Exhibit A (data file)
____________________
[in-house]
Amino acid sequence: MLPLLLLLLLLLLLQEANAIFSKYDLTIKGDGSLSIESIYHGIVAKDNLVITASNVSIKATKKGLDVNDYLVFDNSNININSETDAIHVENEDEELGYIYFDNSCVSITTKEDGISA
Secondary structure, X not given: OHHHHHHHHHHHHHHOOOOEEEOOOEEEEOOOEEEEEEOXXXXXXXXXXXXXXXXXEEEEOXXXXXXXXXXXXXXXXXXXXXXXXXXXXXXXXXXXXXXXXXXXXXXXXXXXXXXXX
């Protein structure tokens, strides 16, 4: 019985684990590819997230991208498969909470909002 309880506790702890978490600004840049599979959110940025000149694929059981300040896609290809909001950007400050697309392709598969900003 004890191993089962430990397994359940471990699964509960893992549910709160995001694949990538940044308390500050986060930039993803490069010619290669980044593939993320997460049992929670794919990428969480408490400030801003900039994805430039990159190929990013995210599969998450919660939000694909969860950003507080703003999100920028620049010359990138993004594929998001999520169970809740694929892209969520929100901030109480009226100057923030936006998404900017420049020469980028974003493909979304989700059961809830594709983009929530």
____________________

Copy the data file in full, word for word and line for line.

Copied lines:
[in-house]
Amino acid sequence: MLPLLLLLLLLLLLQEANAIFSKYDLTIKGDGSLSIESIYHGIVAKDNLVITASNVSIKATKKGLDVNDYLVFDNSNININSETDAIHVENEDEELGYIYFDNSCVSITTKEDGISA
Secondary structure, X not given: OHHHHHHHHHHHHHHOOOOEEEOOOEEEEOOOEEEEEEOXXXXXXXXXXXXXXXXXEEEEOXXXXXXXXXXXXXXXXXXXXXXXXXXXXXXXXXXXXXXXXXXXXXXXXXXXXXXXX
């Protein structure tokens, strides 16, 4: 019985684990590819997230991208498969909470909002 309880506790702890978490600004840049599979959110940025000149694929059981300040896609290809909001950007400050697309392709598969900003 004890191993089962430990397994359940471990699964509960893992549910709160995001694949990538940044308390500050986060930039993803490069010619290669980044593939993320997460049992929670794919990428969480408490400030801003900039994805430039990159190929990013995210599969998450919660939000694909969860950003507080703003999100920028620049010359990138993004594929998001999520169970809740694929892209969520929100901030109480009226100057923030936006998404900017420049020469980028974003493909979304989700059961809830594709983009929530």